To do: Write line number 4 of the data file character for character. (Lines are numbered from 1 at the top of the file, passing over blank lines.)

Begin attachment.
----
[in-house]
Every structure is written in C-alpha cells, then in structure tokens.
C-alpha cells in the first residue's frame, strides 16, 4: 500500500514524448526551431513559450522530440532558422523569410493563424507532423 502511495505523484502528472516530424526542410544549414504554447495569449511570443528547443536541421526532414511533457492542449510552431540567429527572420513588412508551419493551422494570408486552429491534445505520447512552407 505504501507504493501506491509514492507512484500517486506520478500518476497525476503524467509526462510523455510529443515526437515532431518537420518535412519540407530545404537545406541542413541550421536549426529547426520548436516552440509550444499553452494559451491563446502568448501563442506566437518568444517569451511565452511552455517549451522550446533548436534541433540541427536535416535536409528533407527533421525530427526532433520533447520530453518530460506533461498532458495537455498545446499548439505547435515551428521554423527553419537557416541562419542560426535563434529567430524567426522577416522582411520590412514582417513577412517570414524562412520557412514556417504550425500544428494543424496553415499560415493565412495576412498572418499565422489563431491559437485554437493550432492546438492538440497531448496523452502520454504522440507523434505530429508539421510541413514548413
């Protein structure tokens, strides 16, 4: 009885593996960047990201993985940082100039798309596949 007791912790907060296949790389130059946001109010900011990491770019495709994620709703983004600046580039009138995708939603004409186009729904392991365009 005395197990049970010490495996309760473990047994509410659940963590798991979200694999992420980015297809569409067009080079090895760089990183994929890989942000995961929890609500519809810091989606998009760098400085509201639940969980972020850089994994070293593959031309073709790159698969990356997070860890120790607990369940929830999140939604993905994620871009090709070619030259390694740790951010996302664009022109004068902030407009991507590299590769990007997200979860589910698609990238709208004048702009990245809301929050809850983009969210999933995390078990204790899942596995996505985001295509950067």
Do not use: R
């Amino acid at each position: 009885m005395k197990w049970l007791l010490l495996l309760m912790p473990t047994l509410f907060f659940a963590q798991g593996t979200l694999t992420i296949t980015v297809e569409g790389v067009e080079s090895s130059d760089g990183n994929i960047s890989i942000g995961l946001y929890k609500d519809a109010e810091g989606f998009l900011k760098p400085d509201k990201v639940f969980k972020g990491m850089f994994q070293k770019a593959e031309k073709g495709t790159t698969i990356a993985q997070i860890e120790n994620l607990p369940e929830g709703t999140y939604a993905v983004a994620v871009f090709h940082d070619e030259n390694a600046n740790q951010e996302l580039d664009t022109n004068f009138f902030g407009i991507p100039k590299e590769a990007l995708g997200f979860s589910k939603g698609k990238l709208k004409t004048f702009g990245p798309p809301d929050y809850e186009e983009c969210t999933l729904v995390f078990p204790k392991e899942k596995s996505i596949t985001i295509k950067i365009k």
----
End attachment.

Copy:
């Protein structure tokens, strides 16, 4: 009885593996960047990201993985940082100039798309596949 007791912790907060296949790389130059946001109010900011990491770019495709994620709703983004600046580039009138995708939603004409186009729904392991365009 005395197990049970010490495996309760473990047994509410659940963590798991979200694999992420980015297809569409067009080079090895760089990183994929890989942000995961929890609500519809810091989606998009760098400085509201639940969980972020850089994994070293593959031309073709790159698969990356997070860890120790607990369940929830999140939604993905994620871009090709070619030259390694740790951010996302664009022109004068902030407009991507590299590769990007997200979860589910698609990238709208004048702009990245809301929050809850983009969210999933995390078990204790899942596995996505985001295509950067």